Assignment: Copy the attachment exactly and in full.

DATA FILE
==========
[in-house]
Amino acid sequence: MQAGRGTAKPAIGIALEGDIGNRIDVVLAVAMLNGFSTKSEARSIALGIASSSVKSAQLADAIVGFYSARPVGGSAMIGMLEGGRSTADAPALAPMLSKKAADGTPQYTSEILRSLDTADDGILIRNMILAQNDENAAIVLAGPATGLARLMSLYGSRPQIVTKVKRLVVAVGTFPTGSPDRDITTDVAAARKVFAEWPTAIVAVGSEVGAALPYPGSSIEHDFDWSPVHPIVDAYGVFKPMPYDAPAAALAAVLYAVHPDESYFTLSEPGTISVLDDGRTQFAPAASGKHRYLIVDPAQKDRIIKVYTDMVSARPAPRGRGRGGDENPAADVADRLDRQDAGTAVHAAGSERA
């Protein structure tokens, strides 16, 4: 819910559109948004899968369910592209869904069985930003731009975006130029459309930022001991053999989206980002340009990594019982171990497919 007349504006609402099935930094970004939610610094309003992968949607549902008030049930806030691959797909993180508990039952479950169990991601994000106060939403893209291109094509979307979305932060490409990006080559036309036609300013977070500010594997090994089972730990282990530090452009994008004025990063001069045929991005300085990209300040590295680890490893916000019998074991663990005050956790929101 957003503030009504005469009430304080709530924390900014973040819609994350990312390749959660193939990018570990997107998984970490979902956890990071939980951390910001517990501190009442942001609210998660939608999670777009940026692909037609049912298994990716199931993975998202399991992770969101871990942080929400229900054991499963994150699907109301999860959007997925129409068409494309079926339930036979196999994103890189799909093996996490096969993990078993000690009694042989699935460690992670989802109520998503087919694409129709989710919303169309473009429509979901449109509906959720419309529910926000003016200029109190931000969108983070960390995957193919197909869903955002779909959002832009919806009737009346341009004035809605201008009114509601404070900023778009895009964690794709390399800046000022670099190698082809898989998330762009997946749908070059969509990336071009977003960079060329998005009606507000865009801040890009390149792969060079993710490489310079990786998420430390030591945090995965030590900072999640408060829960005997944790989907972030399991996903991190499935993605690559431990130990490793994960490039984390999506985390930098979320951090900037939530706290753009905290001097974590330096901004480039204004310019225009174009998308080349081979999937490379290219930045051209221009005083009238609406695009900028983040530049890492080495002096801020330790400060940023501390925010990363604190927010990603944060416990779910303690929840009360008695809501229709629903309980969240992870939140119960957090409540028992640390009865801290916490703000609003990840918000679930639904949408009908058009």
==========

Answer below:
[in-house]
Amino acid sequence: MQAGRGTAKPAIGIALEGDIGNRIDVVLAVAMLNGFSTKSEARSIALGIASSSVKSAQLADAIVGFYSARPVGGSAMIGMLEGGRSTADAPALAPMLSKKAADGTPQYTSEILRSLDTADDGILIRNMILAQNDENAAIVLAGPATGLARLMSLYGSRPQIVTKVKRLVVAVGTFPTGSPDRDITTDVAAARKVFAEWPTAIVAVGSEVGAALPYPGSSIEHDFDWSPVHPIVDAYGVFKPMPYDAPAAALAAVLYAVHPDESYFTLSEPGTISVLDDGRTQFAPAASGKHRYLIVDPAQKDRIIKVYTDMVSARPAPRGRGRGGDENPAADVADRLDRQDAGTAVHAAGSERA
């Protein structure tokens, strides 16, 4: 819910559109948004899968369910592209869904069985930003731009975006130029459309930022001991053999989206980002340009990594019982171990497919 007349504006609402099935930094970004939610610094309003992968949607549902008030049930806030691959797909993180508990039952479950169990991601994000106060939403893209291109094509979307979305932060490409990006080559036309036609300013977070500010594997090994089972730990282990530090452009994008004025990063001069045929991005300085990209300040590295680890490893916000019998074991663990005050956790929101 957003503030009504005469009430304080709530924390900014973040819609994350990312390749959660193939990018570990997107998984970490979902956890990071939980951390910001517990501190009442942001609210998660939608999670777009940026692909037609049912298994990716199931993975998202399991992770969101871990942080929400229900054991499963994150699907109301999860959007997925129409068409494309079926339930036979196999994103890189799909093996996490096969993990078993000690009694042989699935460690992670989802109520998503087919694409129709989710919303169309473009429509979901449109509906959720419309529910926000003016200029109190931000969108983070960390995957193919197909869903955002779909959002832009919806009737009346341009004035809605201008009114509601404070900023778009895009964690794709390399800046000022670099190698082809898989998330762009997946749908070059969509990336071009977003960079060329998005009606507000865009801040890009390149792969060079993710490489310079990786998420430390030591945090995965030590900072999640408060829960005997944790989907972030399991996903991190499935993605690559431990130990490793994960490039984390999506985390930098979320951090900037939530706290753009905290001097974590330096901004480039204004310019225009174009998308080349081979999937490379290219930045051209221009005083009238609406695009900028983040530049890492080495002096801020330790400060940023501390925010990363604190927010990603944060416990779910303690929840009360008695809501229709629903309980969240992870939140119960957090409540028992640390009865801290916490703000609003990840918000679930639904949408009908058009």